TBA:11/Jesse Sugarmann, Lido (the pride is back)


During a talk at his gallery Fourteen30, I once asked Jesse Sugarmann if failure was something he was exploring in his work. In other words, were his car works in particular, experiments with equal opportunities of success and failure, or even experiments with no determined outcome, for example setting a car up on blocks rev the engine and see what will happen. He responded that failure wasn’t something he was interested in per se, that he worked to make certain outcomes happen.

He say, “one more job oughta get it
One last shot ‘fore we quit it”
One for the road

TBA:11/Jesse Sugarmann “Lido (the pride is back)” from Lisa Radon on Vimeo.


That came to mind yesterday at the 4 PM performance of Sugarmann’s “Lido (The pride is back)” at Washington High School for PICA’s TBA:11 Festival. And this has a lot to do with managing the audience’s expectations because lifting three Chrysler minivans off the ground is pretty spectacular, but when PICA had used the word “flip” to describe the performance, one expects flipping or falling over maybe, but probably not leaning which was the end result. He’s doing the performance twice more today, Sunday, September 11, so flipping may happen at either 4 PM or 7 PM. I can’t help thinking, though, that the promise of a flip and the resulting lean might have been Sugarmann’s intention all along, a metaphor for American car industry’s repeated big promises and not-quite-there delivery not only on product but all of the attendant issues that the US has been dealing with since manufacturing was moved overseas, workers lost family-wage jobs, and cities like Flint and Detroit fell apart.┬áSugarmann’s expressly referencing Lee Iacocca in this piece. I never knew that Lido was Iacocca’s nickname, but don’t ever say you didn’t learn anything from art. Iacocca’s big personality had a definite “Watch this!” edge to it which makes either a flip or a fail-to-flip outcome pretty apt.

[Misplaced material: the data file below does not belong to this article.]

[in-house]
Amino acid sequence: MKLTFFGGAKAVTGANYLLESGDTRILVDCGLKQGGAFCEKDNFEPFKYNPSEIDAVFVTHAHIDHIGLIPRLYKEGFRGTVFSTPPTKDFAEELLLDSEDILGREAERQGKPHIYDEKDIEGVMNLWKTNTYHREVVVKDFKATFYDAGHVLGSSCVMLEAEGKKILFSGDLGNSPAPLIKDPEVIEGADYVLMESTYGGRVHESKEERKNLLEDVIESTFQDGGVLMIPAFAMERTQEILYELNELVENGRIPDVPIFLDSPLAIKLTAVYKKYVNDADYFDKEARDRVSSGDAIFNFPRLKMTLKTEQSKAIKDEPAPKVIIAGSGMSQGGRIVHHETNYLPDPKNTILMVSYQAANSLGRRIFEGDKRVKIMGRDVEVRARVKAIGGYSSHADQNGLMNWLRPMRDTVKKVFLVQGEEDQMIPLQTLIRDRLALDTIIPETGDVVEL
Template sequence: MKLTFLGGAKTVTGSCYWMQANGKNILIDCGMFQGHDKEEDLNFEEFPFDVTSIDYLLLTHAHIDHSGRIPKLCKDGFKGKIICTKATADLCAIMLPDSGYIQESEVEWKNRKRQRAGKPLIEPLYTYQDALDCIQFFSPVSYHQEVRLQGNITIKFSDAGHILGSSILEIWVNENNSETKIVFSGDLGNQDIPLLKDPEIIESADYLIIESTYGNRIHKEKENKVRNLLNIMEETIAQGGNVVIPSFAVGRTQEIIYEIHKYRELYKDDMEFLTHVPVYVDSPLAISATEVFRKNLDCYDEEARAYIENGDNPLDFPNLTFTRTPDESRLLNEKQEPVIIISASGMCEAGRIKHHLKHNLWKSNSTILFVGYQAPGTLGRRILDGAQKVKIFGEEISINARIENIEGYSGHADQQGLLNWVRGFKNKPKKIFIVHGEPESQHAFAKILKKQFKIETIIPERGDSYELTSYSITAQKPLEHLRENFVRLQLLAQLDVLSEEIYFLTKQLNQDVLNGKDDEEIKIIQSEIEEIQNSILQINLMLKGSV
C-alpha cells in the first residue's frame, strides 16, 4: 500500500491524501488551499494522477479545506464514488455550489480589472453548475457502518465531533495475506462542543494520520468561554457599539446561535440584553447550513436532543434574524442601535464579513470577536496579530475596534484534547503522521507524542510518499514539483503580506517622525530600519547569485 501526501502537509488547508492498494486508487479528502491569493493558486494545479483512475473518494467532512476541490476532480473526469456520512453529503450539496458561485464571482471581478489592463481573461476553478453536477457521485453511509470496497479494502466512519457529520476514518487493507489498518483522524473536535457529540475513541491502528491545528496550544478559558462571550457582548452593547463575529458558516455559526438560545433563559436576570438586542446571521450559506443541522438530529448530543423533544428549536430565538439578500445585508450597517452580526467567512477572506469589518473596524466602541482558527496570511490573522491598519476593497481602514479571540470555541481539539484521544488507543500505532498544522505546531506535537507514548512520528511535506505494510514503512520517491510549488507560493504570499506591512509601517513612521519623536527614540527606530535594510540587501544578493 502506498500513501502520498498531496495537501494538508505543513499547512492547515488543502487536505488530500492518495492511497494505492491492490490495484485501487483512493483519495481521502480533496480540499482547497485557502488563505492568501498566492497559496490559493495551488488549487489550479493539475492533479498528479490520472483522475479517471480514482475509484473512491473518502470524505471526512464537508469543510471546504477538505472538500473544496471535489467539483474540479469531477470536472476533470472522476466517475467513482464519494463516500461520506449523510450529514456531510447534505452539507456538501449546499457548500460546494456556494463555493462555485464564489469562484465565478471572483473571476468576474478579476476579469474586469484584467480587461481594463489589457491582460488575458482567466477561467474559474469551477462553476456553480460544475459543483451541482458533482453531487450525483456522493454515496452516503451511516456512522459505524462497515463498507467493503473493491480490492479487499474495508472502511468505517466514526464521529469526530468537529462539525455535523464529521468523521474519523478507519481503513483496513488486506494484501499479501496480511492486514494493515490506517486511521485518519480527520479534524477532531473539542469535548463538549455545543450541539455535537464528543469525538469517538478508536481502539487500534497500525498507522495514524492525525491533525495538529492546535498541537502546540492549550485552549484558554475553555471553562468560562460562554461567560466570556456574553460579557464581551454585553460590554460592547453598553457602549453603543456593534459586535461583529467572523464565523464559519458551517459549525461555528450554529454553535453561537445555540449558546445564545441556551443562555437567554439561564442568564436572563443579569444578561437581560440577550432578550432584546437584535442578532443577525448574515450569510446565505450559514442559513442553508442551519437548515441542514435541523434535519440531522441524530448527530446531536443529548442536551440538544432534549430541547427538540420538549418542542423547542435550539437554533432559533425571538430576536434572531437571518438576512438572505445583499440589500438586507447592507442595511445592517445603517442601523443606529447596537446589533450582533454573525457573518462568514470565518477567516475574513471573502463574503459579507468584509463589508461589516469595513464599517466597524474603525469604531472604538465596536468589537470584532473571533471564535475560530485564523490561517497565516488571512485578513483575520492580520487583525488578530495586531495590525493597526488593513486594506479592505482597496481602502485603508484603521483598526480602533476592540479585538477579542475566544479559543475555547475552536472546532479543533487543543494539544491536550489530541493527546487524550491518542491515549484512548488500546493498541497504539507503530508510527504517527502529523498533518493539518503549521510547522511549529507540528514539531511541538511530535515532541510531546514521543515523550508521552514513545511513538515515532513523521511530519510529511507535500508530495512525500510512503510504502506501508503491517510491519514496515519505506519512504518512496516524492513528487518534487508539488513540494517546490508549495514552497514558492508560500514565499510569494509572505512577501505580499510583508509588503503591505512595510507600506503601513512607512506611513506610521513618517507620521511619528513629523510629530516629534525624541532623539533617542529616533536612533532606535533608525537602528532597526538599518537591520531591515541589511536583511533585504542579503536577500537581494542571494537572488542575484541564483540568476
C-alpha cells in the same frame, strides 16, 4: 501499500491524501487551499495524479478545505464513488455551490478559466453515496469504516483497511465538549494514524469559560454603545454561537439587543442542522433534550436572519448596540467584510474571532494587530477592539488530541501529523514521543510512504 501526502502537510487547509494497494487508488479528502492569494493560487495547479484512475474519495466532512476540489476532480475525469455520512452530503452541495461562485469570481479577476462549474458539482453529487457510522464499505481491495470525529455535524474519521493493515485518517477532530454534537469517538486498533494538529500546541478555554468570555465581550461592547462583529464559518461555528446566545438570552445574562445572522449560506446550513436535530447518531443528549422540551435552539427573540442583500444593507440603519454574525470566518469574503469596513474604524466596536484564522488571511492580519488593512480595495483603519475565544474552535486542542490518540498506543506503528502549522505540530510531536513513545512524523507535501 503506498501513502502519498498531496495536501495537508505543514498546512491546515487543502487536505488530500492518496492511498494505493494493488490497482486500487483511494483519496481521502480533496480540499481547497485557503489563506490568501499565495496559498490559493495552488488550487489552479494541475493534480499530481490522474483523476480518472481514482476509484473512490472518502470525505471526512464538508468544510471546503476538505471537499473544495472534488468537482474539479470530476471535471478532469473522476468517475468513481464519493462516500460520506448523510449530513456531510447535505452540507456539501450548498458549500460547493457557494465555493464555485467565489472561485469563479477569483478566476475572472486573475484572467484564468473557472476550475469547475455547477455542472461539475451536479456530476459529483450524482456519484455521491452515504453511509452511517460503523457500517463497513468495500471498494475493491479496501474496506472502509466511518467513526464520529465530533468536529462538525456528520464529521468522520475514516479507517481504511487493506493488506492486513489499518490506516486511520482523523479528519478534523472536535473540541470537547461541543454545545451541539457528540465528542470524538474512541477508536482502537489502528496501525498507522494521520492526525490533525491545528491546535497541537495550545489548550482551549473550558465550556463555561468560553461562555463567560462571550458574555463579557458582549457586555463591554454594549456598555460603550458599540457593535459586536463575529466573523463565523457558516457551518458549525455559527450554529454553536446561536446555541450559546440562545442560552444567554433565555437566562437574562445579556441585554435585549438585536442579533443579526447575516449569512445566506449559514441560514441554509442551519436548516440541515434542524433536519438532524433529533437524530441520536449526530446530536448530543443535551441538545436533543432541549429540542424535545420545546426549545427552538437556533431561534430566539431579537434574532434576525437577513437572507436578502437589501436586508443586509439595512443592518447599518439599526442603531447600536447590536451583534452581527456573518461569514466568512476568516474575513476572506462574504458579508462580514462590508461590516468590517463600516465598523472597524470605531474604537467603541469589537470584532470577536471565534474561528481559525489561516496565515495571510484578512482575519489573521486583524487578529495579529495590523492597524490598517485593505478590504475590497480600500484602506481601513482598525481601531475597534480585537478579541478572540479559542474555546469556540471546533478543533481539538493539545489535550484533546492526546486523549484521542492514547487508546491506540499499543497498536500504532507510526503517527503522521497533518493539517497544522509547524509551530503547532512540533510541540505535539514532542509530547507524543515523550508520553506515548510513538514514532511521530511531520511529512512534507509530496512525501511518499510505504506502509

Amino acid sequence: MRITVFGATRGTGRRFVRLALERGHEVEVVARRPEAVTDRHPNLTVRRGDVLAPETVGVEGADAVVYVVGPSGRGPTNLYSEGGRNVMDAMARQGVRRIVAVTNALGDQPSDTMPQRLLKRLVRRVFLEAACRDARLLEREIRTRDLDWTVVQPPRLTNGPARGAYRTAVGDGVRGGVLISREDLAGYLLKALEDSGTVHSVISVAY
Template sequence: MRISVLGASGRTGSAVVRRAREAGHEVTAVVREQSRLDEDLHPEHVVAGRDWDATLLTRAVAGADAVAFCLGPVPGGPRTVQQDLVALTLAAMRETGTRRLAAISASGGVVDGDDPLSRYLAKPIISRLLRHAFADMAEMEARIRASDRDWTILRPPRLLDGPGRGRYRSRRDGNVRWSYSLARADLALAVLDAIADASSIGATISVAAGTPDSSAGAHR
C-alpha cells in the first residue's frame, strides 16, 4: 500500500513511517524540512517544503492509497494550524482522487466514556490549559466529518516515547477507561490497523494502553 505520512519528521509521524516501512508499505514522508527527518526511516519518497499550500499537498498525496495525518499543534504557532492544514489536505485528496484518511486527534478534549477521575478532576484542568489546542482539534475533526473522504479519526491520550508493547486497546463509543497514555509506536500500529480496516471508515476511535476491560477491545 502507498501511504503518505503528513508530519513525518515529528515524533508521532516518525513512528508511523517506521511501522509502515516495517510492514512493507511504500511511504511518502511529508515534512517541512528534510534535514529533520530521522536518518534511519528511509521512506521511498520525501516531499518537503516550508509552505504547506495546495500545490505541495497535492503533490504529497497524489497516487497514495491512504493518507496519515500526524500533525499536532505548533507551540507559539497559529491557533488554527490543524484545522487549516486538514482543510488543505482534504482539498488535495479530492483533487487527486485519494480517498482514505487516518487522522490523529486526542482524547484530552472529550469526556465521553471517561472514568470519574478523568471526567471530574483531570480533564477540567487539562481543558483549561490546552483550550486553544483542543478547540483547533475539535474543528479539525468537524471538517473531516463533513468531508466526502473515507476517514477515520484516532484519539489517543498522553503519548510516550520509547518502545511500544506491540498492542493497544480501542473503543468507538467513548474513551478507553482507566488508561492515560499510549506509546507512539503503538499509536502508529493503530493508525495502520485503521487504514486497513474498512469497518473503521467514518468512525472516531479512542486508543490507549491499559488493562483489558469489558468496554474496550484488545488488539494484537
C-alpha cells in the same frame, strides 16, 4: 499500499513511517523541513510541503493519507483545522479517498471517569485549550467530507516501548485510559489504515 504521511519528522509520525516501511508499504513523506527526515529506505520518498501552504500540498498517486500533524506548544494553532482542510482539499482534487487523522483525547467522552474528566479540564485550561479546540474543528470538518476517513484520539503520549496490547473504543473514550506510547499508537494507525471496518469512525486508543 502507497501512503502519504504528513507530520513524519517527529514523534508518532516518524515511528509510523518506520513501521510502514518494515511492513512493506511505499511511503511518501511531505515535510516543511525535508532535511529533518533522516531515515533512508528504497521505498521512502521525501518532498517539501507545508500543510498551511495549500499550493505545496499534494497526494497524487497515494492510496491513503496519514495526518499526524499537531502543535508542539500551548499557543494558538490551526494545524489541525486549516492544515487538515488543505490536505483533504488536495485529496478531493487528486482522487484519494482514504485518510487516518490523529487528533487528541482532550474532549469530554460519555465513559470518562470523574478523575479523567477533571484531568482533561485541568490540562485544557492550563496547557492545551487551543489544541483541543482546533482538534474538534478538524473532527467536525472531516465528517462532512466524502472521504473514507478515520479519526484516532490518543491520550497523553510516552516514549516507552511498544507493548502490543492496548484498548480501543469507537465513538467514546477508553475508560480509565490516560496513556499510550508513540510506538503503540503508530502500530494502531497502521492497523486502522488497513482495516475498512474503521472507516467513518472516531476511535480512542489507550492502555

I should say that the whining soundtrack of the electric blowers may be my favorite part of the piece.

I recently wrote this for art ltd. about Sugarmann’s recent Works and Days┬ásolo exhibition at Fourteen30 which explains a bit more about the celebration and critique of American car culture that his work addresses in what I think are such smart and subtle ways.

I’m not even going to be annoyed with Sugarmann for getting that Boz Scaggs song stuck in my head (which I apparently…according to oldielyrics.com…I have been singing incorrectly since I first heard it).

It could be the theme song for the last 30 or so years of the American car industry:

Lido missed the boat
That day he left the shack
But that was all he missed
He ain’t comin’ back.

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